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MOSI leaders say move downtown isn't just a relocation, it's a reinvention

TAMPA — The members of the Tampa Downtown Partnership were watching a multimedia presentation Tuesday about the Museum of Science and Industry's much-anticipated move downtown when the screen suddenly went blank.

That was no error, said museum president and CEO Molly Demeulenaere. The blank screen symbolized the "once in a lifetime" opportunity for reinvention that MOSI now faces.

"We're starting with a blank slate," Demeulenaere said. "We have no assumptions as we move in this conversation. If you turn MOSI upside-down, what would fall out? What should fall out? How do you want to feel when you leave our institution?"

The museum's board of directors voted April 19 to include the museum in Tampa Bay Lightning owner Jeff Vinik and Cascade Investment's $2 billion plan to redevelop 40 acres of downtown around Amalie Arena. A move could take about five years, Demeulenaere said, but the museum is just starting that process. No site or costs have been discussed yet.

But the museum will do more than relocate, she said. It must also reinvent itself. The focus for the museum will shift from being known as the largest science center in the Southeast to being "one of the finest in North America," Demeulenaere said.

"Just picking up the MOSI we all know today and moving to downtown isn't the solution," she said. "A complete reinvention that starts now is what needs to happen if we want to move to downtown."

Moving downtown, Demeulenaere said, will allow the museum to enter into new partnerships along the Riverwalk with entities such as the Tampa Museum of Art, the Tampa Bay History Center and the David A. Straz Jr. Center for the Performing Arts.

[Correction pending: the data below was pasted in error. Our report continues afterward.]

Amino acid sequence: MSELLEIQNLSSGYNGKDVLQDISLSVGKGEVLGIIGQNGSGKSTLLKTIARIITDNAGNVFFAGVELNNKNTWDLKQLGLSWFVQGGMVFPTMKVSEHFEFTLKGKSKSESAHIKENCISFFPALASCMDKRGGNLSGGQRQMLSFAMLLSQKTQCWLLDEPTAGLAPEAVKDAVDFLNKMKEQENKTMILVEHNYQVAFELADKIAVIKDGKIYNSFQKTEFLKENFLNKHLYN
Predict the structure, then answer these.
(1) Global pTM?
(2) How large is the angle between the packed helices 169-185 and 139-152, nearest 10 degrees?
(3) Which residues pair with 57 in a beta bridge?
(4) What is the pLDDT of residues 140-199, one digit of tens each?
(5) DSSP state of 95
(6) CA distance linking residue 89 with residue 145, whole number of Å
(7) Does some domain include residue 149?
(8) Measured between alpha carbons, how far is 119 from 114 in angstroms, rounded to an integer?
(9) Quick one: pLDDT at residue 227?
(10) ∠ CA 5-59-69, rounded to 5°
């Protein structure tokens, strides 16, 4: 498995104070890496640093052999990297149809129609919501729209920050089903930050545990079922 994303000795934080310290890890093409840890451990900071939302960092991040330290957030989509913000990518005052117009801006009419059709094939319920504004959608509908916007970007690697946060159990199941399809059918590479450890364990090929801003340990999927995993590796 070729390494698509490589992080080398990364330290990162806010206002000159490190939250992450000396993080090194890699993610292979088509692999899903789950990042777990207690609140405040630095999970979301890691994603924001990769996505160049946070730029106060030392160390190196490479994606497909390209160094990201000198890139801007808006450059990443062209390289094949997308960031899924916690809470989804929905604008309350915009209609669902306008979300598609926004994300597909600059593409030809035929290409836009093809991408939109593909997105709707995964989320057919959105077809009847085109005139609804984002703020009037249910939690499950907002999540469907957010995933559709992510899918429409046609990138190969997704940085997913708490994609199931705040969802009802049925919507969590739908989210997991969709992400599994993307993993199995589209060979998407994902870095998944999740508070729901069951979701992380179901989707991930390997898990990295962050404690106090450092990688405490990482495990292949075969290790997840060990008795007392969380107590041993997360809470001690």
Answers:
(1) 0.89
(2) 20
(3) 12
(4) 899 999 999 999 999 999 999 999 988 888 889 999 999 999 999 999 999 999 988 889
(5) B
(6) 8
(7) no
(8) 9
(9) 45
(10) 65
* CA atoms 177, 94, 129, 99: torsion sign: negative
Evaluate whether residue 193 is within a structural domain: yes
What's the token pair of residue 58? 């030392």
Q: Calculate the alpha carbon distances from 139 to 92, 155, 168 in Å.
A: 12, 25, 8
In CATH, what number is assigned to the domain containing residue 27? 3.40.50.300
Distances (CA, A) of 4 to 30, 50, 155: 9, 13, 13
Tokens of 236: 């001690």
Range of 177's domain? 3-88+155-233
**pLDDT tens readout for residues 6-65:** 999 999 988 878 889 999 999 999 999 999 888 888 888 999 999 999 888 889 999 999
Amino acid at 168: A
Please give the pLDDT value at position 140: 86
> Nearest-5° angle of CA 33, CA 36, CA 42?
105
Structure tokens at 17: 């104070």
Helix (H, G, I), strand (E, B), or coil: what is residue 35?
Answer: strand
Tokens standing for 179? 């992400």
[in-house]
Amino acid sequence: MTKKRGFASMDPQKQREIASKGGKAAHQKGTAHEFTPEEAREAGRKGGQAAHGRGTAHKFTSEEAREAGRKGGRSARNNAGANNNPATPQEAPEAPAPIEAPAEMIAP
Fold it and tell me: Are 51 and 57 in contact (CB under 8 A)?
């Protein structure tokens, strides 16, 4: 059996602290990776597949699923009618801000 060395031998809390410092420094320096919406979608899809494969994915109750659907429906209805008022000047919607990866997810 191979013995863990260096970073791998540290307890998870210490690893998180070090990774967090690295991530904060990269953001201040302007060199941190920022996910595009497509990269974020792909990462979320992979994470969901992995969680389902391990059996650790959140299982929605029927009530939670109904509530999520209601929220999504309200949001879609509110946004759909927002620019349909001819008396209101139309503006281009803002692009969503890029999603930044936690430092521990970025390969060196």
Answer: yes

MOSI doesn't expect to replicate its current 308,000-square-foot concrete behemoth, Demeulenaere said. But incorporating modern technologies into the new museum will ease moving into a smaller space.

"MOSI is more than just a building," said Jennifer Stancil, president and CEO of the Glazer Children's Museum in Tampa. "Their contributions to the community, through science outreach, are nimble.

"Disconnect the idea that MOSI is the building, because MOSI is connected to the community through schools and multiple programs."

MOSI officials are looking for ideas from other museums such as the North Carolina Museum of Natural Sciences for its programming; Perot Museum of Nature and Science in downtown Dallas for its design; and the Boston Museum of Science for its relationship with the local school district and policymakers.

Demeulenaere said MOSI plans to rely heavily on community opinions on the design, programming and mission of a new science center. Those discussions will help MOSI's leadership decide how much money is needed to fund the effort, what size the building should be and where it should go.

A feasibility study said a move downtown could increase MOSI's annual attendance of about 500,000 visitors by 39 percent. In the meantime, MOSI, which has endured financial problems in the past, is trying to boost attendance at its current home.

Demolition on the museum's 10,000-square-foot "Disasterville" exhibit is set to start June 6 to make way for a new exhibit featuring five platforms that showcase its Florida-based business partners, such as drone company Turin Aviation and driverless car company Meridian. The exhibits should open in September.

The museum also now has a theater where visitors can watch a live broadcast of an open-heart surgery at a Florida Hospital location, and a driverless car that was the first in the country to allow the public to get inside and take a ride. MOSI said it recently secured a $500,000 Bright Lights Community Engagement Award from the Noyce Foundation. MOSI officials said attendance is up 22 percent in the first six months of the fiscal year.

While MOSI figures out its future, museum and county leaders must also decide who will lead the move downtown. Hillsborough County Administrator Mike Merrill and county Commissioner Sandy Murman have suggested that MOSI may need a new CEO when it moves downtown.

But Demeulenaere, who took the helm in June 2015, pointed to the museum's recent accomplishments as proof that she's the best person to lead MOSI into the future.

"There's nowhere else I'd rather be," she said. "I'm committed to Tampa Bay, I'm committed to you and I'm committed to our future."

MOSI leaders say move downtown isn't just a relocation, it's a reinvention 05/24/16 [Last modified: Tuesday, May 24, 2016 9:28pm]
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